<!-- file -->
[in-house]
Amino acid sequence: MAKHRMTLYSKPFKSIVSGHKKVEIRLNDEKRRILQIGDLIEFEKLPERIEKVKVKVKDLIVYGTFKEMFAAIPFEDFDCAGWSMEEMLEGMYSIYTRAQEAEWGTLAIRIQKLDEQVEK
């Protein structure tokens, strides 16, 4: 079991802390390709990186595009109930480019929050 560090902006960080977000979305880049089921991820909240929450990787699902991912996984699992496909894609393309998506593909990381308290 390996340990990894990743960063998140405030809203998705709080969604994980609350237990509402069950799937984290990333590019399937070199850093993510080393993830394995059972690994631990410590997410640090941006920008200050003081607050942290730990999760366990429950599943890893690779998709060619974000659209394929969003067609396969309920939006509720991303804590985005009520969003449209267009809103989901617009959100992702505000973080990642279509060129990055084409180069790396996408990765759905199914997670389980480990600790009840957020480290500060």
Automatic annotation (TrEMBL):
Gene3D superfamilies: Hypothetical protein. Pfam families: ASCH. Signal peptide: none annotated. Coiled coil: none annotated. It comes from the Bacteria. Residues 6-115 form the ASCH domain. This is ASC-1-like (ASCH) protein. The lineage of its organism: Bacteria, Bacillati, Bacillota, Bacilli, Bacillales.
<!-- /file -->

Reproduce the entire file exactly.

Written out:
[in-house]
Amino acid sequence: MAKHRMTLYSKPFKSIVSGHKKVEIRLNDEKRRILQIGDLIEFEKLPERIEKVKVKVKDLIVYGTFKEMFAAIPFEDFDCAGWSMEEMLEGMYSIYTRAQEAEWGTLAIRIQKLDEQVEK
């Protein structure tokens, strides 16, 4: 079991802390390709990186595009109930480019929050 560090902006960080977000979305880049089921991820909240929450990787699902991912996984699992496909894609393309998506593909990381308290 390996340990990894990743960063998140405030809203998705709080969604994980609350237990509402069950799937984290990333590019399937070199850093993510080393993830394995059972690994631990410590997410640090941006920008200050003081607050942290730990999760366990429950599943890893690779998709060619974000659209394929969003067609396969309920939006509720991303804590985005009520969003449209267009809103989901617009959100992702505000973080990642279509060129990055084409180069790396996408990765759905199914997670389980480990600790009840957020480290500060």
Automatic annotation (TrEMBL):
Gene3D superfamilies: Hypothetical protein. Pfam families: ASCH. Signal peptide: none annotated. Coiled coil: none annotated. It comes from the Bacteria. Residues 6-115 form the ASCH domain. This is ASC-1-like (ASCH) protein. The lineage of its organism: Bacteria, Bacillati, Bacillota, Bacilli, Bacillales.